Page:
How good is it to be a proactive part of a revolution? I love it. 

I am a passionate advocate for 100% renewable energy as soon as possible and certainly no later than 2050 globally. 

The fossil fuel age is over and it is only a matter of time before it is buried under the weight of the ingenuity, innovation and economics of renewable energy. It is only a matter of time before the concentrated, hidden political power of the vested interests of the fossil fuel corporations gives way to the distributed, transparent people power of renewable energy. How long that takes depends on us. Already the movement to divest from fossil fuel investments and to see them as stranded assets has become global phenomenon.

But, while energy transformation is inevitable, it can be delayed and frustrated by governments and industry. We have seen that through the snail’s pace of global negotiation and ongoing billions of dollars spent on fossil fuel subsidies. We not only need research, technological breakthroughs, and commercialisation, we need new political policies and regulatory frameworks that facilitate not hinder the vision for the future that is encompassed in the Paris Agreement. The world should be fossil fuel free by 2050.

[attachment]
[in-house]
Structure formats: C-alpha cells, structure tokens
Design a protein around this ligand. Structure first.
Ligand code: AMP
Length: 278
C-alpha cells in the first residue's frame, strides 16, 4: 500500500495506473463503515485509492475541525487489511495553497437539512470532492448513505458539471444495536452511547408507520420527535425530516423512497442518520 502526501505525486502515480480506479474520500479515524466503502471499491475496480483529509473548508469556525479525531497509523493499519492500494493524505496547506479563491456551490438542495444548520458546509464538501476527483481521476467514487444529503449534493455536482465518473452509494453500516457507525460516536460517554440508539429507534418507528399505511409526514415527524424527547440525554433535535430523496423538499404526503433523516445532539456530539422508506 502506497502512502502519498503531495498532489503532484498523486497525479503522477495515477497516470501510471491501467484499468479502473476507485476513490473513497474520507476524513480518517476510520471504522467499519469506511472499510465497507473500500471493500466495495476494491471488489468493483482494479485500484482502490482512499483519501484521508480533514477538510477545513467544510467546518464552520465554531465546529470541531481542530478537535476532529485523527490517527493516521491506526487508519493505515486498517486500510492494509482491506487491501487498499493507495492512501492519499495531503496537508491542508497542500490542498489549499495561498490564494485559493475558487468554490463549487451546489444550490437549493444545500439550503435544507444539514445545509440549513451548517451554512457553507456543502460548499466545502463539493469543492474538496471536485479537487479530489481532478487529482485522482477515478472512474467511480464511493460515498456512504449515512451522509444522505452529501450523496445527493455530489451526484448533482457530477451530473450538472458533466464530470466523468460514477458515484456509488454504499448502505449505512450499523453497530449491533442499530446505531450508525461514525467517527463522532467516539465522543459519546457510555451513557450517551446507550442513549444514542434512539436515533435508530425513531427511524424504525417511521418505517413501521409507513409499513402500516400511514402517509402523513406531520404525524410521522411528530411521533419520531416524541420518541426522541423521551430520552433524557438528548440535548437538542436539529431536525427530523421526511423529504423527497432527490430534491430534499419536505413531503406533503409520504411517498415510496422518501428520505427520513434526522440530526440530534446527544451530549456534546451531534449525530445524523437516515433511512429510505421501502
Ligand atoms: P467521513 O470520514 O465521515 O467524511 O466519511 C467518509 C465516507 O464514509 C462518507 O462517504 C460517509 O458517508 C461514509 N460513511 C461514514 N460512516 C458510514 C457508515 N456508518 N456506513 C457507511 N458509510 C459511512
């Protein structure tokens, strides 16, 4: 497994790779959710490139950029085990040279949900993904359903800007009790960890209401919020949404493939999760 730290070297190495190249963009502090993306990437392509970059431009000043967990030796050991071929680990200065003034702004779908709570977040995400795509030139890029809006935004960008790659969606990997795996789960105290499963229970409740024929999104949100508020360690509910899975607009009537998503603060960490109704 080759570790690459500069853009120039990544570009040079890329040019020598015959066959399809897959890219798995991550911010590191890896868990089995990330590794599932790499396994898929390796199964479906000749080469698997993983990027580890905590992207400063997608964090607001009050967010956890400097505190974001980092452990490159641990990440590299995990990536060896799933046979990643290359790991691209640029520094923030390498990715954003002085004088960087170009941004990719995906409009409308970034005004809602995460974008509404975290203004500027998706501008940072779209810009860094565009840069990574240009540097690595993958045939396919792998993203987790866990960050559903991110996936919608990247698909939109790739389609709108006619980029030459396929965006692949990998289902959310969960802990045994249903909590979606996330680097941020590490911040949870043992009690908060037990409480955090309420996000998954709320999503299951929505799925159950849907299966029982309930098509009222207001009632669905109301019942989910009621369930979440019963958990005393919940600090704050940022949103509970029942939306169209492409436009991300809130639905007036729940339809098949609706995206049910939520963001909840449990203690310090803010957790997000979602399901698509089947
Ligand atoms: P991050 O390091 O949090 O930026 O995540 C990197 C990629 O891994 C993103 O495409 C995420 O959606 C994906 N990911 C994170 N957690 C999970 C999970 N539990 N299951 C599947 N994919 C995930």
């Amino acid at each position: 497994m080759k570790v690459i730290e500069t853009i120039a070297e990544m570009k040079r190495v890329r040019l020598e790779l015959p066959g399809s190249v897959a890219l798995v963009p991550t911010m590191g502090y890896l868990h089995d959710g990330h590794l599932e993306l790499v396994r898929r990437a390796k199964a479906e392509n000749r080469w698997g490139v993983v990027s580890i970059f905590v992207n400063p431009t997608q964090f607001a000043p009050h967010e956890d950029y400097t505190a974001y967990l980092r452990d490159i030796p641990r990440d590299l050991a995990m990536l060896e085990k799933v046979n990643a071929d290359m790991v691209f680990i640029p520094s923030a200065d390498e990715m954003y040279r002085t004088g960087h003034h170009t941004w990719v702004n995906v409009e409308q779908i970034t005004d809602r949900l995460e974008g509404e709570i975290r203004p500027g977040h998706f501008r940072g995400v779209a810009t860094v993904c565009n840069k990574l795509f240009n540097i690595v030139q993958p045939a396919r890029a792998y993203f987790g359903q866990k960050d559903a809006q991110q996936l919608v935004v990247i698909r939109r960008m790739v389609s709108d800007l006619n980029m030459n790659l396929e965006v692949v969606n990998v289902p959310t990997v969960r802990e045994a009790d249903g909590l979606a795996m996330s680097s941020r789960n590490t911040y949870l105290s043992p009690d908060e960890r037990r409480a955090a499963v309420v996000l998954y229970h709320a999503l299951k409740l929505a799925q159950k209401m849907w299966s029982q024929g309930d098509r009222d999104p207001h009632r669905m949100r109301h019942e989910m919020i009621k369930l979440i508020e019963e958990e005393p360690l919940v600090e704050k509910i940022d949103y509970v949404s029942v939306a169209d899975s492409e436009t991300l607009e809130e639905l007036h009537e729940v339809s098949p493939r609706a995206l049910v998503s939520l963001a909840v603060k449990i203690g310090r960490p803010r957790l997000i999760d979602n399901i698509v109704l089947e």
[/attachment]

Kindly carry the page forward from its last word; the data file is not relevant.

In 2015 I became a patron of the Australian Solar Council together with former federal Liberal leader John Hewson and ACT deputy chief minister Simon Corbell. Photo: Mark Graham

In 2015 I became a patron of the Australian Solar Council together with former federal Liberal leader John Hewson and ACT deputy chief minister Simon Corbell. Photo: Mark Graham


An energy revolution

Every day there is some new development to celebrate as the sun, wind, tides, flowing rivers and the Earth itself are harnessed to give us the energy we need to live healthy, happy, fulfilling lives. The energy revolution goes to every aspect of our lives - from the way we light our homes and workplaces, grow and cook our food, power everything from lights, to computers, phones, cars, buses, trains and aeroplanes to the largest machines. It goes to how we design our cities and our homes, buildings and transport systems to go green, reduce our energy demand and make us healthier at the same time.

We know how to harness that energy but our challenge remains to bring down the cost, scale up the roll-out to every place on the planet and speed up the transition not only to keep global warming to less than 2 degrees but to drive it down to the 1.5 degrees that will give us the possibility of a safe climate. 

Renewable energy and poverty eradication are two sides of the same coin. We live in an unequal world in which in some countries, women carry water for many kilometres, child labour is cheaper than energy, children have no light for homework, streets are dark and often violent places, people die from air pollution inside and outside their homes. In other rich countries the poorest people live furthest from the centre of the city, have no access to public transport, live in the least energy efficient housing, cannot afford to install renewable energy and drive the least fuel efficient cars condemning them to a cycle of poverty.